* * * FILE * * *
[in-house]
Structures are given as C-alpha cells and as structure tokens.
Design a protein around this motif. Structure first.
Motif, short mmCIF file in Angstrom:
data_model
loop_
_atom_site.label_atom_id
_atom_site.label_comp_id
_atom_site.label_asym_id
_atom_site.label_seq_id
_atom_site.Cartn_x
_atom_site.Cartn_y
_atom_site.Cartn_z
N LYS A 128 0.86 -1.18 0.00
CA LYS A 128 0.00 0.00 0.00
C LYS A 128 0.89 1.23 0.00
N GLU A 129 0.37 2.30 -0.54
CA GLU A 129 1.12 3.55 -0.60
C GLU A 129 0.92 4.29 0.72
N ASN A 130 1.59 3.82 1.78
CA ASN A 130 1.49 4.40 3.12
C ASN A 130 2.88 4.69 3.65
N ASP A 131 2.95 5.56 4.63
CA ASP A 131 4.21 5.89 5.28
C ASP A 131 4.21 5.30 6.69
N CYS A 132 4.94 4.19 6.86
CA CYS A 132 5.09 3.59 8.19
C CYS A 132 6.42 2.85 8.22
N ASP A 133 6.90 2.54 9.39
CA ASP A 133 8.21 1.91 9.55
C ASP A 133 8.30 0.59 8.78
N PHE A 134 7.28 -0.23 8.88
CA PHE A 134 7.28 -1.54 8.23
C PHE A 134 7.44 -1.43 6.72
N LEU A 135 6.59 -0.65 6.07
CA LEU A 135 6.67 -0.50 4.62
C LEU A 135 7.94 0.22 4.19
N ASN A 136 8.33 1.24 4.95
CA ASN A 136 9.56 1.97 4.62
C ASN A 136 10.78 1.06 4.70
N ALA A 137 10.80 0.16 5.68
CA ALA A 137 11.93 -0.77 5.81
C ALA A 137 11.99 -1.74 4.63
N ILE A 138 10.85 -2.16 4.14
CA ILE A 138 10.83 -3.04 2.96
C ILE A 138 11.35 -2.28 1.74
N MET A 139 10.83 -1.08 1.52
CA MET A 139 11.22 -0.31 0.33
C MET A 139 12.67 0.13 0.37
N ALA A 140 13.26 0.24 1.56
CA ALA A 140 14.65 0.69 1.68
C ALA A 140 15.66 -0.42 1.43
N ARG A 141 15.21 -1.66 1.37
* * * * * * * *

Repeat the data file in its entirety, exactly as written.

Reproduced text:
[in-house]
Structures are given as C-alpha cells and as structure tokens.
Design a protein around this motif. Structure first.
Motif, short mmCIF file in Angstrom:
data_model
loop_
_atom_site.label_atom_id
_atom_site.label_comp_id
_atom_site.label_asym_id
_atom_site.label_seq_id
_atom_site.Cartn_x
_atom_site.Cartn_y
_atom_site.Cartn_z
N LYS A 128 0.86 -1.18 0.00
CA LYS A 128 0.00 0.00 0.00
C LYS A 128 0.89 1.23 0.00
N GLU A 129 0.37 2.30 -0.54
CA GLU A 129 1.12 3.55 -0.60
C GLU A 129 0.92 4.29 0.72
N ASN A 130 1.59 3.82 1.78
CA ASN A 130 1.49 4.40 3.12
C ASN A 130 2.88 4.69 3.65
N ASP A 131 2.95 5.56 4.63
CA ASP A 131 4.21 5.89 5.28
C ASP A 131 4.21 5.30 6.69
N CYS A 132 4.94 4.19 6.86
CA CYS A 132 5.09 3.59 8.19
C CYS A 132 6.42 2.85 8.22
N ASP A 133 6.90 2.54 9.39
CA ASP A 133 8.21 1.91 9.55
C ASP A 133 8.30 0.59 8.78
N PHE A 134 7.28 -0.23 8.88
CA PHE A 134 7.28 -1.54 8.23
C PHE A 134 7.44 -1.43 6.72
N LEU A 135 6.59 -0.65 6.07
CA LEU A 135 6.67 -0.50 4.62
C LEU A 135 7.94 0.22 4.19
N ASN A 136 8.33 1.24 4.95
CA ASN A 136 9.56 1.97 4.62
C ASN A 136 10.78 1.06 4.70
N ALA A 137 10.80 0.16 5.68
CA ALA A 137 11.93 -0.77 5.81
C ALA A 137 11.99 -1.74 4.63
N ILE A 138 10.85 -2.16 4.14
CA ILE A 138 10.83 -3.04 2.96
C ILE A 138 11.35 -2.28 1.74
N MET A 139 10.83 -1.08 1.52
CA MET A 139 11.22 -0.31 0.33
C MET A 139 12.67 0.13 0.37
N ALA A 140 13.26 0.24 1.56
CA ALA A 140 14.65 0.69 1.68
C ALA A 140 15.66 -0.42 1.43
N ARG A 141 15.21 -1.66 1.37